Guide to the C[yrus] W. Cole Diary, 1896
A collection in the
Special Collections & Archives Department,
United States Naval Academy
589 McNair Road
Annapolis, MD 21402-5029
Prepared by: David D'Onofrio
Special Collections & Archives Department
United States Naval Academy
Cyrus Willard Cole was born on June 21, 1876 in Marshall, Michigan. In 1895, he was appointed to the United States Naval Academy from Ohio, and graduated as a member of the Class of 1899. After his two years of compulsory sea service aboard U.S. Ships Baltimore (Protected Cruiser: C-3) and Princeton (Gunboat: PG-13), Cole transferred to U.S.S. Kearsarge (Battleship: BB-5). Cole then spent all of 1905 and 1906 serving with a recruiting party, before being transferred to U.S.S. Ohio (Battleship: BB-12) in April 1907. In late November 1909, Cole returned to the United States Naval Academy as an instructor in Navigation.
After nearly two years at the Academy, Cole was transferred to the Asiatic Fleet, where he commanded the Torpedo Flotilla from October 1911 until August 1914. Over the next several years, he served at the Naval Training Station, Great Lakes, Illinois, and as executive officer of the U.S.S. Rhode Island (Battleship: BB-17). During World War I, Cole commanded the troop transports U.S.S. Pastores (Store ship: AF-16) and U.S.S. President Grant (SP–3014). For his service during the war, Cole received the Navy Cross and a special letter of commendation.
After the armistice, Cole briefly served as Aide to the Commander of the Newport News Division of the Cruiser and Transport Force, before being assigned as Recruiting Inspector for the Western Division in November 1919. Between 1921 and 1923, Cole commanded the receiving ship U.S.S. San Francisco (Protected Cruiser: C-5), and the hospital ships U.S.S. Mercy (AH-4) and U.S.S. Relief (AH-1). Upon relinquishing command of Relief, Cole was ordered to the Naval War College for instruction in June 1923. On June 7, 1924, Cole was assigned as Assistant Commandant for the 12th Naval District headquartered in San Francisco, and served in that capacity until receiving command of U.S.S. Omaha (Light Cruiser: CL-4) in January 1926. In September 1927, Cole received command of the Naval Training Station, San Diego, serving there until receiving command of U.S.S. West Virginia (Battleship: BB-48) in June 1930. Cole next served as Director of Fleet Training for the Navy Department from February 1932 until May 1934, when he assumed command of Submarine Force, U.S. Fleet.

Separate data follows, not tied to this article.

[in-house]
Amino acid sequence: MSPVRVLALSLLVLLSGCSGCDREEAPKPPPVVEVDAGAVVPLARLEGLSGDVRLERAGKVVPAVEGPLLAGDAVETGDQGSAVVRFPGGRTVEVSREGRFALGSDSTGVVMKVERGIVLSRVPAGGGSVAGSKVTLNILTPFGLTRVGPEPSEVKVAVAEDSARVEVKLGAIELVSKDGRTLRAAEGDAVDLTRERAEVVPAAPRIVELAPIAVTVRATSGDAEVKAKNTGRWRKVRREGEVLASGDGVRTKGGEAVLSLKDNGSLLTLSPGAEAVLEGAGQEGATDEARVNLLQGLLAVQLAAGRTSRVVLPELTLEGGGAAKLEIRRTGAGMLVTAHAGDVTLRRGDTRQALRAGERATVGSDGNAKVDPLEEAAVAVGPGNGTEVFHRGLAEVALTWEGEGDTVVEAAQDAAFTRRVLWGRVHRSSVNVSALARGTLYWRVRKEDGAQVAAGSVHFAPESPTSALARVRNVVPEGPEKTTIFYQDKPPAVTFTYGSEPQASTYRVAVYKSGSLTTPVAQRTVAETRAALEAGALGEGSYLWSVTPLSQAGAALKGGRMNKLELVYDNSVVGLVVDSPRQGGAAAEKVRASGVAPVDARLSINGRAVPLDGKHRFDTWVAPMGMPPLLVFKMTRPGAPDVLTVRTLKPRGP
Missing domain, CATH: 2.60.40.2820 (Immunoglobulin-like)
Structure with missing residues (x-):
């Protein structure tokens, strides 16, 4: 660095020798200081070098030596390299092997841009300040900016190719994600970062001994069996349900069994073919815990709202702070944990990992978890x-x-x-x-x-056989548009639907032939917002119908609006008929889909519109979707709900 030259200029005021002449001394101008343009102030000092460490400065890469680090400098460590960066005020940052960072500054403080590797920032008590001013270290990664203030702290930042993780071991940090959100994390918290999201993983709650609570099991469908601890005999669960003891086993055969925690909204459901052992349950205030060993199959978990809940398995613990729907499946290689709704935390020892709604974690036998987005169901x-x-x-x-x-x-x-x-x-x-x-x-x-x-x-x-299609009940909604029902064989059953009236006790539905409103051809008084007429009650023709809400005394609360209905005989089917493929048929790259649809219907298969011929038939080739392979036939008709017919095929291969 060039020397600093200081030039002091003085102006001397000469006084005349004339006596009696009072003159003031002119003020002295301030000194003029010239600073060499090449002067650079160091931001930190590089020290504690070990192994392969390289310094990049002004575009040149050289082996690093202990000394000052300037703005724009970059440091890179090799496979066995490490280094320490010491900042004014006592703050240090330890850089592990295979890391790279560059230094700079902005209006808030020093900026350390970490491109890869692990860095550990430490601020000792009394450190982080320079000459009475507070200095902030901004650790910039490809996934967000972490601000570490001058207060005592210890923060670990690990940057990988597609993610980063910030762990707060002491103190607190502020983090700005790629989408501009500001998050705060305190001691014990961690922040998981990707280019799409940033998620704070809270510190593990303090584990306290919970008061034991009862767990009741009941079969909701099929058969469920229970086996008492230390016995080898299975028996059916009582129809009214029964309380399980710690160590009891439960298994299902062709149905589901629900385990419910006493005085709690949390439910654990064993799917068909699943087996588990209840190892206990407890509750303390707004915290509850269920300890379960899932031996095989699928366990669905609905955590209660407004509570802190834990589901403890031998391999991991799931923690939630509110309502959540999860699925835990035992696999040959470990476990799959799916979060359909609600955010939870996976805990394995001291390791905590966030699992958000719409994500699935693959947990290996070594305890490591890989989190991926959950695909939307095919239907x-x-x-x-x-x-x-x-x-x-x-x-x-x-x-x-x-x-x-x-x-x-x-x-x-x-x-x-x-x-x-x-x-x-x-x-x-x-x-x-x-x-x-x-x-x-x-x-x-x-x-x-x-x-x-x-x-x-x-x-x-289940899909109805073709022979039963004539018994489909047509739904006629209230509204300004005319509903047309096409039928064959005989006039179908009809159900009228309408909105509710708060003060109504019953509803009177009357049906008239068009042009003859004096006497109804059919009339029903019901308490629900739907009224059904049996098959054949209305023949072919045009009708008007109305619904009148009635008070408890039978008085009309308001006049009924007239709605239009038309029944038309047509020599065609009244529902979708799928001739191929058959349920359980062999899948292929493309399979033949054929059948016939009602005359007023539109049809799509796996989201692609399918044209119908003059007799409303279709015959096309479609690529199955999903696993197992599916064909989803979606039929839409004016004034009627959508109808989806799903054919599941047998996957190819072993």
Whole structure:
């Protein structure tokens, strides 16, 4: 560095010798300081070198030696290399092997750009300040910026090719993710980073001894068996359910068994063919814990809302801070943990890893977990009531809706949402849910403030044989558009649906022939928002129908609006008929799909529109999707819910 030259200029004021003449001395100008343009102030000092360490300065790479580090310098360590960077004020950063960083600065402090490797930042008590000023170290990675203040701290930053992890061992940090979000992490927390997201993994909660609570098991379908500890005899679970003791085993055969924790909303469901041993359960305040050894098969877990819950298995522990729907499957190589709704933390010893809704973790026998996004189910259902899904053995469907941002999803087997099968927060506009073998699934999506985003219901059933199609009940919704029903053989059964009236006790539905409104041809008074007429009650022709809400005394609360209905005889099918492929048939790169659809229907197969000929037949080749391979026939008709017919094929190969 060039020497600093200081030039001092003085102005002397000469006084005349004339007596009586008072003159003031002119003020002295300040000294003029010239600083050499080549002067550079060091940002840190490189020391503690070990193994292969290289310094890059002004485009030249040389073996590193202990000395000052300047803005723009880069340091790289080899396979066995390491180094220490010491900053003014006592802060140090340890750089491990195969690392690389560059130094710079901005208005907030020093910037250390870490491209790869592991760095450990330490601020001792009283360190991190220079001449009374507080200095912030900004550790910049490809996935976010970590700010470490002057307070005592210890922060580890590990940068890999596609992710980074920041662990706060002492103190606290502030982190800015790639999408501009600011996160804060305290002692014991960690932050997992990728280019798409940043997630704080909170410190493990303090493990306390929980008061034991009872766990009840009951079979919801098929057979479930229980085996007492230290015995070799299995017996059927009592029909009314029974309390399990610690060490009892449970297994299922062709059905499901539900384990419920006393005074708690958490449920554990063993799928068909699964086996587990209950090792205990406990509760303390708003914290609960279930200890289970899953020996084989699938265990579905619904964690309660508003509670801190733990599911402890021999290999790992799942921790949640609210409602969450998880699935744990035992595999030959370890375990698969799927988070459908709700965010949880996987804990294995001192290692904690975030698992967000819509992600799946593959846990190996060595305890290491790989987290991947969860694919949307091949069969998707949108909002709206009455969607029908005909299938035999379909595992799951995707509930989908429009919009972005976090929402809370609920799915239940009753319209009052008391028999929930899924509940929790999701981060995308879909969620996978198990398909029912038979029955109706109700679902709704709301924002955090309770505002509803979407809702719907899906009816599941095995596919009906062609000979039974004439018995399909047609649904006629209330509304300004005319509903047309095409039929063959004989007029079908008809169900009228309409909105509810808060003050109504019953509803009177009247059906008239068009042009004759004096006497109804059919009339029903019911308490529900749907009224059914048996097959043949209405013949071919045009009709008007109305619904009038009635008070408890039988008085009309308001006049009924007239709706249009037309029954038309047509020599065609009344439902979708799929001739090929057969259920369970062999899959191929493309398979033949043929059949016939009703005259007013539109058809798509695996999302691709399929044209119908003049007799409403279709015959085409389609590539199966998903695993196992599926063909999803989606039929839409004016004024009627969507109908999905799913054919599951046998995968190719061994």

On June 15, 1936, Cole was assigned as Commandant of the Portsmouth Navy Yard. While at the Navy Yard, Cole had the distinction of being the Officer in Charge of the rescue and salvage operation of the U.S.S. Squalus (Submarine: SS-192), which sank while performing a test dive on May 23, 1939. For his actions, Cole was awarded the Distinguished Service Medal. After the salvage of Squalus, Cole served one more year as Commandant, before being transferred to the Retired List on July 1, 1940 with the rank of Rear Admiral.
Cyrus Willard Cole died on July 29, 1952 in San Diego, California.
United States. Dept. of the Navy. Office of Information. "Rear Admiral Cyrus Willard Cole, United States Navy, Retired." Washington, D.C: Office of Information, Navy Department, 1941.
Scope and Content Note
The Cyrus W. Cole Diary spans from June until August 1896. A product of Cole's Naval Academy summer cruise aboard U.S.S. Monongahela (Screw Sloop-of-War), the diary consists predominantly of hand-drawn sketches, songs, poems, and sea shanties.
The majority of the diary's textual entries consist of poems, songs, and sea shanties pertaining largely to life at sea and various love interests. Among the writings are those entitled "I'll be True to my Honey," "Loving Eyes," "Henrietta," "Viva a la '99," "Song of All Nations," "To Annapolis I Wandered," "The Three Guardsmen," "Home, Sweet Home," "Avec les Officiers," and "At the Mess." Several additional entries include watch and station assignments; list of members of the United States Naval Academy Class of 1899; and a table listing the ship's latitude and longitude, as well as weather conditions.
The remainder of the diary is devoted to hand-drawn sketches made by Cole. Many of the drawings pertain to sea life and duties aboard ship, including depictions of climbing the ship's masts, taking in the sails, scrubbing the decks, eating during rough seas, stowing hammocks, sailors playing chess, and an officer using a telescope. Additional drawings depict equipment aboard ship, including a taffrail log and a boatswain's pipe, as well as a guide to different types of sailing vessels, such as barkentines, brigs, brigantines, schooners, and sloops.